On the box

Dark rumours still abound of tiresomely Kafkaesque goings-on in the tight-collared bureaucracy that is John Birt's BBC. What a dungeon of cowed clerks it must be, with the old chatter about culture and the pursuit of the beautiful peremptorily replaced by finger-wagging budget Cerberuses and eldritch new hierarchical structures. To test this theory, an idle phone call to the Beeb's News and Current Affairs Press Office was made. On the box urgently wanted to grill the esteemed officers about US elections, brown as the new black, life on Mars and so forth. Instead, the entire crew were absent for two days on a "Departmental Management" course, leaving only a charming junior to staff the phone lines. Well, it's summer, one charitably supposes, and no news is good news.

To celebrate three decades of the Starship Enterprise, slouch in front of BBC2's Star Trek Night (Mon), the highlights of which are: Science: the Final Frontier (8pm), examining the feasibility of matter transference, warp drive, "Phasers on stun" and so forth; Star Trek Story (9.25pm), portrays the cultural impact of the series in the cold war years; and Star Trek: Voyager (10.50pm), the pilot episode of the latest spin-off. Not many people know that the Star Trek line which accompanied human transportation was a misheard version of the catchphrase current in a Milwaukee seafood restaurant, owned by an old man in a kilt. "Bream me up, Scotty." You heard it here first.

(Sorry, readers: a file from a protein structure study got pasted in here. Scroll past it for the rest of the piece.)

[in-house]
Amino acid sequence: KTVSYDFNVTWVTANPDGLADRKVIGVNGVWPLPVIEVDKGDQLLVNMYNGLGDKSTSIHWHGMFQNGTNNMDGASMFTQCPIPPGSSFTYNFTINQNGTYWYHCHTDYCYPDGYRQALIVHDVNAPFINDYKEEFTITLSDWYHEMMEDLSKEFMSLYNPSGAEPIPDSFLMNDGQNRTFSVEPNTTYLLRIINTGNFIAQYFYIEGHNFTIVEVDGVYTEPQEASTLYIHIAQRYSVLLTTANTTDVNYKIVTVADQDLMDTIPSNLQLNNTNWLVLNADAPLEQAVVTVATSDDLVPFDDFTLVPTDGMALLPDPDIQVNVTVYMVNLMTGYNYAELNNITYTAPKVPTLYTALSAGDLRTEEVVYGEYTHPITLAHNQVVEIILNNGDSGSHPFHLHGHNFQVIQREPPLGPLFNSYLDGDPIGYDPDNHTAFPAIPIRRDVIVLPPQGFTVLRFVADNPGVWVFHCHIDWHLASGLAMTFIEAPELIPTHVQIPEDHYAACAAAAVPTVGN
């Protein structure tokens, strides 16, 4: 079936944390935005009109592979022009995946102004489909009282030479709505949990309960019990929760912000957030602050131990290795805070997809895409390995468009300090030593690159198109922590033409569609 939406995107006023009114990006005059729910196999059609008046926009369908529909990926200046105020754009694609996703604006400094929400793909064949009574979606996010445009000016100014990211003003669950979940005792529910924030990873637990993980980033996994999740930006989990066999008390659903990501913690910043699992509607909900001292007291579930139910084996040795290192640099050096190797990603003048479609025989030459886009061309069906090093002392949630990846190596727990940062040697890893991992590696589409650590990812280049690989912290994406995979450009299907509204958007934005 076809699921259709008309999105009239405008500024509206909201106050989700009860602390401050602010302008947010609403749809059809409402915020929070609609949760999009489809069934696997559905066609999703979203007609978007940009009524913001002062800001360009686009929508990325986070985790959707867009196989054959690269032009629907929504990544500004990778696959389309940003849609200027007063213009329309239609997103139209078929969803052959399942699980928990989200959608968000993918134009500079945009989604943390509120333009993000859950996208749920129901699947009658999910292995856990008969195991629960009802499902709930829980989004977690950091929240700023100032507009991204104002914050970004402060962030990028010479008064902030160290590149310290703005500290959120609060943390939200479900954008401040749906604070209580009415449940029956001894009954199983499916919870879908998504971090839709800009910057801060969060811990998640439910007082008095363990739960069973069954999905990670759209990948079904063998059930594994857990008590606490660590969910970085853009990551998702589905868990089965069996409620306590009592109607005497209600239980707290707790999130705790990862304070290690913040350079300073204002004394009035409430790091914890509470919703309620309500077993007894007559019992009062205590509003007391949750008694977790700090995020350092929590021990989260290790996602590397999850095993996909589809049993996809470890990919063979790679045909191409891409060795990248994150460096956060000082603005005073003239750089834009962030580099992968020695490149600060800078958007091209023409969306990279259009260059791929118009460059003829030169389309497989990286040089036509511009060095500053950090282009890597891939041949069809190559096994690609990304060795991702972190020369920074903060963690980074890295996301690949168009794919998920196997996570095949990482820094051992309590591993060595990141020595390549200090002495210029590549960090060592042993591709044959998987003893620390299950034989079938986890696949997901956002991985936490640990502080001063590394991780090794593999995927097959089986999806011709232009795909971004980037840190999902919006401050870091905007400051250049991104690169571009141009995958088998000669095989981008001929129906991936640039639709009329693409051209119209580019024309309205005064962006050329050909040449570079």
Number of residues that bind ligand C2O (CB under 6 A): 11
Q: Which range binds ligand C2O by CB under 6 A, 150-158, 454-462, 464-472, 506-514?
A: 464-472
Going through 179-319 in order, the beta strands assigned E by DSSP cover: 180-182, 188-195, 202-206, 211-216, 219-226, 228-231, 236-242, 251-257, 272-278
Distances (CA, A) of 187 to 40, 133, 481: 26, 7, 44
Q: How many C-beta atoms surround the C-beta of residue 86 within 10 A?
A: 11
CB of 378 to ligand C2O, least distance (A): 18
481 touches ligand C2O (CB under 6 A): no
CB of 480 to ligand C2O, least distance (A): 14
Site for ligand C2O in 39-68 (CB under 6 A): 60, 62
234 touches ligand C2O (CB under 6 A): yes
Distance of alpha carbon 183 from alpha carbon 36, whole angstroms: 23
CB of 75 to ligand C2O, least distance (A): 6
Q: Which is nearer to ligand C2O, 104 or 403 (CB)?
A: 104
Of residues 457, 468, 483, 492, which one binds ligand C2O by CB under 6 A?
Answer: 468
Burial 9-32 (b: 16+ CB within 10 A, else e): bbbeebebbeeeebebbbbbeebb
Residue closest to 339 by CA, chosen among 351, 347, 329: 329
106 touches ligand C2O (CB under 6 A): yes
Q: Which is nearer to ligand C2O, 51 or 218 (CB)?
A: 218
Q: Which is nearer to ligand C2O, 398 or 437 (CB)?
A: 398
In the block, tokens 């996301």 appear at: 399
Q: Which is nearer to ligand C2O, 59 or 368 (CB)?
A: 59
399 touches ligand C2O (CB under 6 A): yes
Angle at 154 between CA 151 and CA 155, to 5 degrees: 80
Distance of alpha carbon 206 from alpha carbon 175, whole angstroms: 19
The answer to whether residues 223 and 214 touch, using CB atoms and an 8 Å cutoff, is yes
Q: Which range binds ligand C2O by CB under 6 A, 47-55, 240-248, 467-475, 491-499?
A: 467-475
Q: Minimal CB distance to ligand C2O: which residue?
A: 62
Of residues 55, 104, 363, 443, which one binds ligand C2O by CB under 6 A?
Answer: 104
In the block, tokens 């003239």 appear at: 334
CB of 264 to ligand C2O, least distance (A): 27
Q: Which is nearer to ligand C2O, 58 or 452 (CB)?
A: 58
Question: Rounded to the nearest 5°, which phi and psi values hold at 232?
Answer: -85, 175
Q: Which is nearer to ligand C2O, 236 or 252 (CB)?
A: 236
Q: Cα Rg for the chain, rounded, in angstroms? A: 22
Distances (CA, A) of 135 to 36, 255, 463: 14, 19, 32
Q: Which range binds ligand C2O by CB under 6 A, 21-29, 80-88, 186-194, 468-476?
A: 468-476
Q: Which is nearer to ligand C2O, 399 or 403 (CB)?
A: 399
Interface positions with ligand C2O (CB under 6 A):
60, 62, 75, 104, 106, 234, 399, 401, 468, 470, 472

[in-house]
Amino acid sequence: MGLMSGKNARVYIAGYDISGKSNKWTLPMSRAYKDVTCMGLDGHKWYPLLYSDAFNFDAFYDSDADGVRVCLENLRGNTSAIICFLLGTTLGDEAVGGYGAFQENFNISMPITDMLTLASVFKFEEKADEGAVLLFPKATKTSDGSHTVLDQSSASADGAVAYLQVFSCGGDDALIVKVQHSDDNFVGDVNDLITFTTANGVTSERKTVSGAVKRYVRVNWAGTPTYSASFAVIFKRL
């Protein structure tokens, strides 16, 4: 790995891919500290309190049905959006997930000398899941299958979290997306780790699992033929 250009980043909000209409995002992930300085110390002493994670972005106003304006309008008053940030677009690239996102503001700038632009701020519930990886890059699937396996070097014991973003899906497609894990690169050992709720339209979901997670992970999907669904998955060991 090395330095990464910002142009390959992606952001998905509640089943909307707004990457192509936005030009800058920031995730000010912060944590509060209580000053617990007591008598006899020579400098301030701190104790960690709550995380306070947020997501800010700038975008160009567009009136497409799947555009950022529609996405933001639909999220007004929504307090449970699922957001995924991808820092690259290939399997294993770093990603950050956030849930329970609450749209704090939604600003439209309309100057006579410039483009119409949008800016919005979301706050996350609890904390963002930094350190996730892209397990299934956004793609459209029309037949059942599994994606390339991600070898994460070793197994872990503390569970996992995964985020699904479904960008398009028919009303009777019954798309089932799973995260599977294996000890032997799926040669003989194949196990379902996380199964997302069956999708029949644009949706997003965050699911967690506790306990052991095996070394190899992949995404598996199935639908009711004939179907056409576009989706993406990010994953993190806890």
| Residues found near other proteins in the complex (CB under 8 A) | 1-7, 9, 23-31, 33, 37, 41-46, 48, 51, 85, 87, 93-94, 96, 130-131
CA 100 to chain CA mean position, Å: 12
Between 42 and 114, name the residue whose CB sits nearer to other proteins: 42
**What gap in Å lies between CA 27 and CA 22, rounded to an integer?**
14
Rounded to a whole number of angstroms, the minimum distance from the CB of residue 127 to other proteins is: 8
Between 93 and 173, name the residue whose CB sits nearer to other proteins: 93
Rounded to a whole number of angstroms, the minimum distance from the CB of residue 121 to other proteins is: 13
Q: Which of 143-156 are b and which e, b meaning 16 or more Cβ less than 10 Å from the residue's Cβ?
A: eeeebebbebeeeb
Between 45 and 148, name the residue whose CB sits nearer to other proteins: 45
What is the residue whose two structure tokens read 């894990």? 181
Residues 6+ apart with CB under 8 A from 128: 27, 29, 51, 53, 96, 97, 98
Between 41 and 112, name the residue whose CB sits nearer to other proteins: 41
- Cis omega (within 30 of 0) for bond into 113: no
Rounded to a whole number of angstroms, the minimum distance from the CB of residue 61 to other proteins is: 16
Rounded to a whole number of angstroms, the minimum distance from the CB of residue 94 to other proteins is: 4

Grim news from the audience ratings front. A paltry 2.72 million of you watched last week's edition of Frasier (C4), the pricelessy dippy American sitcom about a radio psychiatrist with an enormous cranium. That's only 86 per cent of the audience of (snooze) Countdown, and 73 per cent of the increasingly emetic Friends. Such people need their heads examined.

STEVEN POOLE

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